This is the first lesson on circles in a unit that develops and applies methods to find the circumference and area of a circle. In this lesson, students move from the informal idea of a circle as “a round figure” to the more formal definition that a circle is the set of points that are equally distant from the center, enclosing a circular region.
Students discover characteristics of a circle by examining examples and nonexamples. They gain experience drawing circles with a compass. (For classrooms that do not have access to compasses, a digital version of the activity is provided.) They develop the idea that the size of a circle can be measured by its diameter, radius, circumference, or the enclosed area, depending on the context. We will often use phrases like “What is the diameter of the circle?” to mean “What is the length of a diameter of the circle?”
Lesson overview
 2.1 Warmup: How Do You Figure? (5 minutes)

2.2 Activity: Sorting Round Objects (20 minutes)
 Includes "Are you Ready for More?" extension problem
 2.3 Activity: Measuring Circles (5 minutes)

2.4 Optional Activity: Drawing Circles (10 minutes)
 There is a digital applet in this activity.
 Lesson Synthesis
 2.5 Cooldown: Comparing Circles (5 minutes)
Learning goals:
 Compare (orally) different ways to measure a circle, and generalize the relationship between radius and diameter.
 Comprehend the terms “diameter,” “center,” “radius,” and “circumference” in reference to parts of a circle.
 Describe (orally and in writing) the defining characteristics of a circle.
Learning goals (student facing):
 Let’s explore circles.
Learning targets (student facing):
 I can identify the diameter, center, radius, and circumference of a circle.
 I can describe the characteristics that make a shape a circle.
Required materials:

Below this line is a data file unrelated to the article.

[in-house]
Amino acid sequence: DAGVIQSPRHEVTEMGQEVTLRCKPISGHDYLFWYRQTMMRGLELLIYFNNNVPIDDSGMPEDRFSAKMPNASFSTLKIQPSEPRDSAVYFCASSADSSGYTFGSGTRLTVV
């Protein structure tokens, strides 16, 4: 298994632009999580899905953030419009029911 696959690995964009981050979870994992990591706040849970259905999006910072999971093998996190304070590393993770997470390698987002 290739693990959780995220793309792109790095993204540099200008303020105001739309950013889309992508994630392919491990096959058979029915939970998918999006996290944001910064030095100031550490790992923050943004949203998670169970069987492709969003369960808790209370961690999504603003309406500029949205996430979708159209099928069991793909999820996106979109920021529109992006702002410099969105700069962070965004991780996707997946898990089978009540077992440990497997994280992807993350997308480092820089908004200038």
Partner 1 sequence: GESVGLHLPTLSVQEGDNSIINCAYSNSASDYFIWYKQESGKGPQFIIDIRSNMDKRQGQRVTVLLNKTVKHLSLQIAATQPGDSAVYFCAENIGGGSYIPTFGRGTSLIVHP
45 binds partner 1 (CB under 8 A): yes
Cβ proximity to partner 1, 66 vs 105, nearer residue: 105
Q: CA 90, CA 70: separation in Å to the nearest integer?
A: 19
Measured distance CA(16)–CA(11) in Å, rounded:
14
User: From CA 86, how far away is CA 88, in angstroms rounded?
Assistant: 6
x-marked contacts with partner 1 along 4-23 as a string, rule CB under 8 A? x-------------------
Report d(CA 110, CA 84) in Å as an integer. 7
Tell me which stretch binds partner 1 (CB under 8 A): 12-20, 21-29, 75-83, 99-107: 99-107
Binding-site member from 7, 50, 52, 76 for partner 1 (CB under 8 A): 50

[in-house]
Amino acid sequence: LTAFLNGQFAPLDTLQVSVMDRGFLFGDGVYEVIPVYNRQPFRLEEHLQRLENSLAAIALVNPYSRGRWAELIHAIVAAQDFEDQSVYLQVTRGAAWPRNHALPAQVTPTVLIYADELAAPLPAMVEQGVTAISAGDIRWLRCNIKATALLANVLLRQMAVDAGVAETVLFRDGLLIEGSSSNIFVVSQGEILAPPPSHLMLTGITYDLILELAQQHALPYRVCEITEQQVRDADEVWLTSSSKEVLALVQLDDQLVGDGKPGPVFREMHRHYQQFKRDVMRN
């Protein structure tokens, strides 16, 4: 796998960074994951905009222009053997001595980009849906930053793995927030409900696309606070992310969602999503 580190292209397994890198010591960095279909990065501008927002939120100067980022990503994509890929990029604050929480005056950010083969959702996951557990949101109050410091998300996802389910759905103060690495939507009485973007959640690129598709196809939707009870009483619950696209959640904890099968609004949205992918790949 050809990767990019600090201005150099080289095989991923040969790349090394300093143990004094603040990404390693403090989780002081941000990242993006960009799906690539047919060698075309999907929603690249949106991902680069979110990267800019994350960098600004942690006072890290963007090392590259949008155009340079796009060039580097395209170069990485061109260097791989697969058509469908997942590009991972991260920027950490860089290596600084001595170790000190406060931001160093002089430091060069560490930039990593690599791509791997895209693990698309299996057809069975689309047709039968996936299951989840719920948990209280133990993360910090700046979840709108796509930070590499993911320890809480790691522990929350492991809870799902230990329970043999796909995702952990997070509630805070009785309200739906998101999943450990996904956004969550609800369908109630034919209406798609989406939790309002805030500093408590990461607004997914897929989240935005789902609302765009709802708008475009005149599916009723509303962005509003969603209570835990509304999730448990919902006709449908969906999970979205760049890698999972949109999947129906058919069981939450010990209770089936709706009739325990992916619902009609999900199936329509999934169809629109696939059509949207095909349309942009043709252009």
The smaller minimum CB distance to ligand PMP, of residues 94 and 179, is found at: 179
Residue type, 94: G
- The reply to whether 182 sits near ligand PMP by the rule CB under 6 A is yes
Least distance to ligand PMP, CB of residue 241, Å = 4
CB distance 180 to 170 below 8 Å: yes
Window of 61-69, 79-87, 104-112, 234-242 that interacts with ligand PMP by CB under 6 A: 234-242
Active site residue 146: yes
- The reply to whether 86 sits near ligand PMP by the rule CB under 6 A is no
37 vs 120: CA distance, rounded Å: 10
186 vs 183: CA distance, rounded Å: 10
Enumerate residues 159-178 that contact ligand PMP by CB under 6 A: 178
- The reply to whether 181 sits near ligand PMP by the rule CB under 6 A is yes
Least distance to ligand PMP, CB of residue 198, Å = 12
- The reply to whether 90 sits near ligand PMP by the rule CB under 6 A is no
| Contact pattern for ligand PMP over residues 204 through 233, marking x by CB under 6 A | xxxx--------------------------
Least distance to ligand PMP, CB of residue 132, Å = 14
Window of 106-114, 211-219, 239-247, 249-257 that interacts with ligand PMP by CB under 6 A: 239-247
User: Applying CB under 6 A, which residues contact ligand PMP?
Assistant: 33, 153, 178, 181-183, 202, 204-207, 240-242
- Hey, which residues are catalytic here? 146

rulers
 compasses
 preprinted slips, cut from copies of the blackline master
Required preparation:
 You will need the Sorting Round Objects blackline master for this lesson.
 Prepare 1 copy per 23 students, and cut them up ahead of time.
 These slips can be reused from one class to the next.
 If possible, copy each complete set on a different color of paper, so that a stray slip can quickly be put back.
Glossary:
 circle  A circle is made out of all the points that are the same distance from a given point. For example, every point on this circle is 5 cm away from point \(A\), which is the center of the circle.
 circumference  The circumference of a circle is the distance around the circle. If you imagine the circle as a piece of string, it is the length of the string. If the circle has radius \(r\) then the circumference is \(2\pi r\). The circumference of a circle of radius 3 is \(2 \cdot \pi \cdot 3\), which is \(6\pi\), or about 18.85.
 diameter  A diameter is a line segment that goes from one edge of a circle to the other and passes through the center. A diameter can go in any direction. Every diameter of the circle is the same length. We also use the word diameter to mean the length of this segment.
 radius  A radius is a line segment that goes from the center to the edge of a circle. A radius can go in any direction. Every radius of the circle is the same length. We also use the word radius to mean the length of this segment. For example, \(r\) is the radius of this circle with center \(O\).
 Access the complete Grade 7 glossary.
Standards
 This lesson builds towards the standard:CCSS.7.G.B.4MS.7.G.4MO.7.GM.A.4b
IM 6–8 Math was originally developed by Open Up Resources and authored by Illustrative Mathematics, and is copyright 20172019 by Open Up Resources. It is licensed under the Creative Commons Attribution 4.0 International License (CC BY 4.0). OUR's 6–8 Math Curriculum is available at https://openupresources.org/mathcurriculum/.
Adaptations and updates to IM 6–8 Math are copyright 2019 by Illustrative Mathematics, and are licensed under the Creative Commons Attribution 4.0 International License (CC BY 4.0).
Adaptations to add additional English language learner supports are copyright 2019 by Open Up Resources, and are licensed under the Creative Commons Attribution 4.0 International License (CC BY 4.0).
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